News Briefs: Lecturer Named to Native American State Body
Stanley Rodriguez, a lecturer in American Indian studies at Cal State San Marcos, has been appointed to the California Native American Heritage Commission by Gov. Gavin Newsom.
Rodriguez was one of six appointments announced by Newsom last month. Five of them were to the Native American Heritage Commission (NAHC).
The NAHC is a nine-member body created in 1976 that identifies, catalogs and protects Native American cultural resources – ancient places of special religious or social significance to Native Americans and known ancient graves and cemeteries of Native Americans on private and public lands in California.
Rodriguez, 63, of Santa Ysabel, has been a lecturer at CSUSM since 2017. He also has been director of Kumeyaay Community College since 2018, Kumeyaay language instructor at Kumeyaay Community College since 2005, and instructor and adviser at the Navy Drug and Alcohol Counselor School since 1995.
Rodriguez served as an E-5 in the U.S. Navy from 1985 to 1991. He is an enrolled member and serves as a council member of the Santa Ysabel Band of the Iipay Nation.
Rodriguez earned a Doctor of Education degree in educational leadership from UC San Diego and a master’s in human behavior from National University.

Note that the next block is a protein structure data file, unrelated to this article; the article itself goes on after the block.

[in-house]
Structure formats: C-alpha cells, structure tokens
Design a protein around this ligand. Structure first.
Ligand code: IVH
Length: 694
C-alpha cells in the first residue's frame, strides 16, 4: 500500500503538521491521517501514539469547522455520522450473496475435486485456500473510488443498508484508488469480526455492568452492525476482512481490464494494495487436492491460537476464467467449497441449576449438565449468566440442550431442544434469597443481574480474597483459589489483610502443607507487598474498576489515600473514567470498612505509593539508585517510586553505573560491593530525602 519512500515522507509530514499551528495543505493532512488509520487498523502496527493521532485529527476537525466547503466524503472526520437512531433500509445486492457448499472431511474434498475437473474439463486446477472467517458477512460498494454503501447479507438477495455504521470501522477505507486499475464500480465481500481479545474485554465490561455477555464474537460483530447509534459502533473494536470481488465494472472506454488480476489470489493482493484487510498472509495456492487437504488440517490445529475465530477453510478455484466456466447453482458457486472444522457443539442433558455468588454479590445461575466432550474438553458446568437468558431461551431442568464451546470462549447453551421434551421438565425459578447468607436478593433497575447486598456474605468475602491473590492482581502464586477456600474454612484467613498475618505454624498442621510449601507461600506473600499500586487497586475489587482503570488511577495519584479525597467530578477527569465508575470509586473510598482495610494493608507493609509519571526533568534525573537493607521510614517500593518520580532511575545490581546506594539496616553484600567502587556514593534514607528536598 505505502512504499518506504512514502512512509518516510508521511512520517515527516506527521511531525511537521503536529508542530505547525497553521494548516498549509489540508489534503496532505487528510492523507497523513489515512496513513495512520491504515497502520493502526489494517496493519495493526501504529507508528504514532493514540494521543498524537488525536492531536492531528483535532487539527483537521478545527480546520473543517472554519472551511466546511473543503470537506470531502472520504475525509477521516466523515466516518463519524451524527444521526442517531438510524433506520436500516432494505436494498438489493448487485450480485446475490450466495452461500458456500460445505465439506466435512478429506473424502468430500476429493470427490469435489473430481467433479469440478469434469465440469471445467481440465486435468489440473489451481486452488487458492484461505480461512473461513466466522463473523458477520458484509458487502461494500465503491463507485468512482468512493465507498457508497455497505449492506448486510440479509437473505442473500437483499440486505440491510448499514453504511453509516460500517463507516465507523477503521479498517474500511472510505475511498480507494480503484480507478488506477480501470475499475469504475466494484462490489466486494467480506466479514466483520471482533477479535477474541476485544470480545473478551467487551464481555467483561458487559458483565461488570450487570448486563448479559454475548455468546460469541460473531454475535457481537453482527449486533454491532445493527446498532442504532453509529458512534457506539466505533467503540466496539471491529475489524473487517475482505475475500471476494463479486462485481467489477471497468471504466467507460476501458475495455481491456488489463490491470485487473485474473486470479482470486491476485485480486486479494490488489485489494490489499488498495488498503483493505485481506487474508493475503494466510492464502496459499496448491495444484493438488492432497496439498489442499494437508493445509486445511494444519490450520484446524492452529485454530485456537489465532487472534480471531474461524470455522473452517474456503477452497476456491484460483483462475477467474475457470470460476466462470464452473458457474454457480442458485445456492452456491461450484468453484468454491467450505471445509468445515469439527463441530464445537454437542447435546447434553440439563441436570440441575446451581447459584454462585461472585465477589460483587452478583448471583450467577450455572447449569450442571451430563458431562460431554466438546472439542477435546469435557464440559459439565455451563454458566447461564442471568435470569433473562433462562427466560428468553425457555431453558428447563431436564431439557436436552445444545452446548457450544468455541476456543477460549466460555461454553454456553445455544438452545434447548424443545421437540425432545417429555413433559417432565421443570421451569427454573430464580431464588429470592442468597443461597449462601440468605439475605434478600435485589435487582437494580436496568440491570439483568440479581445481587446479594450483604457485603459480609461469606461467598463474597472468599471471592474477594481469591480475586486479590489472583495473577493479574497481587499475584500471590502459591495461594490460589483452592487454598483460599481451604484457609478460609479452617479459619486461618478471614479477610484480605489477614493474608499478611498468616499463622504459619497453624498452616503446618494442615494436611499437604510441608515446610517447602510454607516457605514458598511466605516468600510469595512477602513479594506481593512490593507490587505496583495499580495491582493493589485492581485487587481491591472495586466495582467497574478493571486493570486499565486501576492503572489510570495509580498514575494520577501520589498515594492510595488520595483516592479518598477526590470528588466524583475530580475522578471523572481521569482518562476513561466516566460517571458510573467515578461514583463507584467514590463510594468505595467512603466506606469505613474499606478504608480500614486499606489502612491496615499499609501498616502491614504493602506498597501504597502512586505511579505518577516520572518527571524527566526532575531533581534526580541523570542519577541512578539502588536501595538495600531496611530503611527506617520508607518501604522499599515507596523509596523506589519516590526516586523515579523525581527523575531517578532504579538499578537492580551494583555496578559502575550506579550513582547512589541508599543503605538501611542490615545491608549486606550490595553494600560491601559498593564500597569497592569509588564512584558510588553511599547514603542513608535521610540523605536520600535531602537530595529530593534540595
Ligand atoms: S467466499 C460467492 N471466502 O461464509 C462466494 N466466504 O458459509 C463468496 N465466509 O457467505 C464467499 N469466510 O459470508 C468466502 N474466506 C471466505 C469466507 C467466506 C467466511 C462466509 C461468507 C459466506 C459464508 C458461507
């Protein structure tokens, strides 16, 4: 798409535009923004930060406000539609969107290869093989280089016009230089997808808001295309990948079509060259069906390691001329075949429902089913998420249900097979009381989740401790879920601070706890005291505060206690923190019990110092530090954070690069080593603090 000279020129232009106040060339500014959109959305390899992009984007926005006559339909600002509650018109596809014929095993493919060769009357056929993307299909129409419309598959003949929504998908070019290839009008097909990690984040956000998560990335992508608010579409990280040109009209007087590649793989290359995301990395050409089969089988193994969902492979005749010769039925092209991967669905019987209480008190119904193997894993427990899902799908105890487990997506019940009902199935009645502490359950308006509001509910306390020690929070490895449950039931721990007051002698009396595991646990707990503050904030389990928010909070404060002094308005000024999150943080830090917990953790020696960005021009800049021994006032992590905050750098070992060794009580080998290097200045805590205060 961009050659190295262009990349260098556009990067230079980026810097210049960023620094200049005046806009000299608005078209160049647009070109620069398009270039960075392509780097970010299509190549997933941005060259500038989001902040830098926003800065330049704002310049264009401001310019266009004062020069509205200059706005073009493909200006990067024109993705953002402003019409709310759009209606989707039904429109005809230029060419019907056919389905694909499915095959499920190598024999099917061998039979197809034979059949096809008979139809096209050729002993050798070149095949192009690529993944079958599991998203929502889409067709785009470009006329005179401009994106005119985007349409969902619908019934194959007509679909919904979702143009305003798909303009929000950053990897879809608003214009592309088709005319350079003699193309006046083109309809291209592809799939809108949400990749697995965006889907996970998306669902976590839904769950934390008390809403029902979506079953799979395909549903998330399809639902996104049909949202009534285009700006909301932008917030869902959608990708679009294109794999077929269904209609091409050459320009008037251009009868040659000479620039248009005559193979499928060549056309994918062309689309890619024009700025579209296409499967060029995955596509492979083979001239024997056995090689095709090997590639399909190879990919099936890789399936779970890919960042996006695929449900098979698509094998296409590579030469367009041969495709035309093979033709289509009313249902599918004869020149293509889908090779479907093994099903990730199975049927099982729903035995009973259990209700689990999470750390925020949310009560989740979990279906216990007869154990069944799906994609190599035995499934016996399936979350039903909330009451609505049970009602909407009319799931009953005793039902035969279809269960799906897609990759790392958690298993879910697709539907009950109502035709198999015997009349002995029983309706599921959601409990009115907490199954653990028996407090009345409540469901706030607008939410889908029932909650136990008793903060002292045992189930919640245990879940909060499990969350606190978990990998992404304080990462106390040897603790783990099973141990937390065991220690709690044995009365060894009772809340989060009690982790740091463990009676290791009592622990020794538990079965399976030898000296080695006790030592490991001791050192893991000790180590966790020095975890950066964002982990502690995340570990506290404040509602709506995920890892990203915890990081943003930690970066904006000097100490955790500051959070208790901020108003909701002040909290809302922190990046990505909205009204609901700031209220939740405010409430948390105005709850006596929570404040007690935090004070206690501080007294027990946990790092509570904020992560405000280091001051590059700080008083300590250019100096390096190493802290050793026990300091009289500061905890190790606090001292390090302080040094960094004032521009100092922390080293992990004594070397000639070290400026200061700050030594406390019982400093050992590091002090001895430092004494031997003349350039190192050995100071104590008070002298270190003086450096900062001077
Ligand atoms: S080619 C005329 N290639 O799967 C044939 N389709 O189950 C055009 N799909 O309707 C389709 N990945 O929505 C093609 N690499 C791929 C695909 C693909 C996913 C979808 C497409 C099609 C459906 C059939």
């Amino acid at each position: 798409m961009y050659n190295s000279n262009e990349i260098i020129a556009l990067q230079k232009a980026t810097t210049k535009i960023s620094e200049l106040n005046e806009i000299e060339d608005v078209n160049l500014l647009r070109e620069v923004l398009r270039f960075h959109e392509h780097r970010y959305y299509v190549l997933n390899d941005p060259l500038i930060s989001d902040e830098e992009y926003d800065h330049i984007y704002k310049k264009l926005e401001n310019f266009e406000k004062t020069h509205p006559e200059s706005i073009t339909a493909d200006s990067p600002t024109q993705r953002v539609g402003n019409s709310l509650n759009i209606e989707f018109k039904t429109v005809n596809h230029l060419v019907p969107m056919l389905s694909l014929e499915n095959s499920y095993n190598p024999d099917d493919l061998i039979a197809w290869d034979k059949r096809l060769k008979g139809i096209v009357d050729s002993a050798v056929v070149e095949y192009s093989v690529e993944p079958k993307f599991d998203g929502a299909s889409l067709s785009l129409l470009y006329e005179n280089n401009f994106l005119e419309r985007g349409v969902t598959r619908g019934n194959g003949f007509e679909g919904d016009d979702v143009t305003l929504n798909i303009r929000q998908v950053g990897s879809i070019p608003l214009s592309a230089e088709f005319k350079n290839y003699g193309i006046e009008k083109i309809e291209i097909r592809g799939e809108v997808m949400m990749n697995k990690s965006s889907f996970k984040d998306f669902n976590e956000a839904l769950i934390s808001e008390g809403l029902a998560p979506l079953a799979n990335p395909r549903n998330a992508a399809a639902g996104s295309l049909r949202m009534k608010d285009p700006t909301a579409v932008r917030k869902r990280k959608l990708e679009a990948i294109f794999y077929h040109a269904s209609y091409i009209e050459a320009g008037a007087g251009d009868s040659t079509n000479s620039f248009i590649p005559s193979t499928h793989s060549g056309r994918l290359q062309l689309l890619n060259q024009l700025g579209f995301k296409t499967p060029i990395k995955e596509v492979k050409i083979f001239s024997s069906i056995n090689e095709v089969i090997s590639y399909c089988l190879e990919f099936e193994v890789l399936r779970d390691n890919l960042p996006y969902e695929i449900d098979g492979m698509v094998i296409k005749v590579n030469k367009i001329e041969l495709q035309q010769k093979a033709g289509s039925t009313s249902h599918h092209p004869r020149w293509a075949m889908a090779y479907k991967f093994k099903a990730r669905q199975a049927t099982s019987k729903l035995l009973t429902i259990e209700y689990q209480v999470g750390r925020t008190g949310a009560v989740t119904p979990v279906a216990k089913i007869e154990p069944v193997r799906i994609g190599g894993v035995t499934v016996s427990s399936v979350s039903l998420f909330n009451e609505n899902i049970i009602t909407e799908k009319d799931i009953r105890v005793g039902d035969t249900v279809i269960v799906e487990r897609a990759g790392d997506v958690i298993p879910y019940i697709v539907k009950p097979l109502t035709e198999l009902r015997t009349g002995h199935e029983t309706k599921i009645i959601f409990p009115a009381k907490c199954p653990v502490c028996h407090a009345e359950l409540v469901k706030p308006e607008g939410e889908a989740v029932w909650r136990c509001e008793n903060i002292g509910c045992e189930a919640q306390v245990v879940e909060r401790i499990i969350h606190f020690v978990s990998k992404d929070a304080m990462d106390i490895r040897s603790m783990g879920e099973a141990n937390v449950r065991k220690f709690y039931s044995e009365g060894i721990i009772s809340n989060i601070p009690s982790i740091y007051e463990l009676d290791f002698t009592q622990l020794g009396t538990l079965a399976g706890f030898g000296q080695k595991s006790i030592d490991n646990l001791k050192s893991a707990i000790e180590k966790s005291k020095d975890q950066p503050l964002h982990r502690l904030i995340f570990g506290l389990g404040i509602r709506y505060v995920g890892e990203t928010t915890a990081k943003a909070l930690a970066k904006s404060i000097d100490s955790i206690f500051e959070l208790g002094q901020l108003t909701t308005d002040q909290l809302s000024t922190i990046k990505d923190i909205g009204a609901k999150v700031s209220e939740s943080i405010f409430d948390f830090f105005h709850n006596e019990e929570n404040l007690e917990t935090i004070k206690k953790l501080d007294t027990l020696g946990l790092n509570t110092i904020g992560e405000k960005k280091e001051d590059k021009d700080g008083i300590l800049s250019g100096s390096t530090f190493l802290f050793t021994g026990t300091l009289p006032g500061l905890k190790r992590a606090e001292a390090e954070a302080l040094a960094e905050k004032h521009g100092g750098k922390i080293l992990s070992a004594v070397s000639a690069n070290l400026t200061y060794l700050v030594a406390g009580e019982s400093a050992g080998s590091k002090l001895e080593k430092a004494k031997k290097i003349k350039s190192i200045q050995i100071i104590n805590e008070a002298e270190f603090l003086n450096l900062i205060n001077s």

History professor lauded for book
History professor Alyssa Sepinwall was a 2021 honorary mention recipient of the Haitian Studies Association’s biennial Haiti Book Prize for her book, “Slave Revolt on Screen: The Haitian Revolution in Film and Video Games.”
“Slave Revolt on Screen” is Sepinwall’s third published book, following “Haitian History: New Perspectives” (published in 2012) and “The Abbé Grégoire and the French Revolution: The Making of Modern Universalism” (2005).
Equity champion in transfer
CSUSM was recently among the California colleges and universities honored as 2021 Champions of Higher Education and Equity Champions for Excellence in Transfer by The Campaign for College Opportunity.
The university was recognized as a “2021 Equity Champions for Excellence in Transfer for Black & Latinx Students” for being an institution that works with intentionality to support Black and Latinx students through the Associate Degree for Transfer.
Among nation’s safest
CSUSM ranks 50th on SafeWise’s list of “The 50 Safest College Towns in America of 2021.” SafeWise, an online resource for safety and security, said it analyzed the latest FBI crime data for 422 cities to rank the 50 safest college towns in the country.
SafeWise states that the rankings are based on college towns with populations of 15,000 or more that report the lowest violent crimes and property crimes per 1,000 residents.
Alumna publishes third book
Alumna Antoinette Chanel, who graduated in 2006 with a bachelor’s in literature and writing studies, recently published her third book, “Connecting the Dots,” which is an affirmation book and adult coloring book designed to help people struggling with their mental health.
Brian Hiro, Communications Specialist
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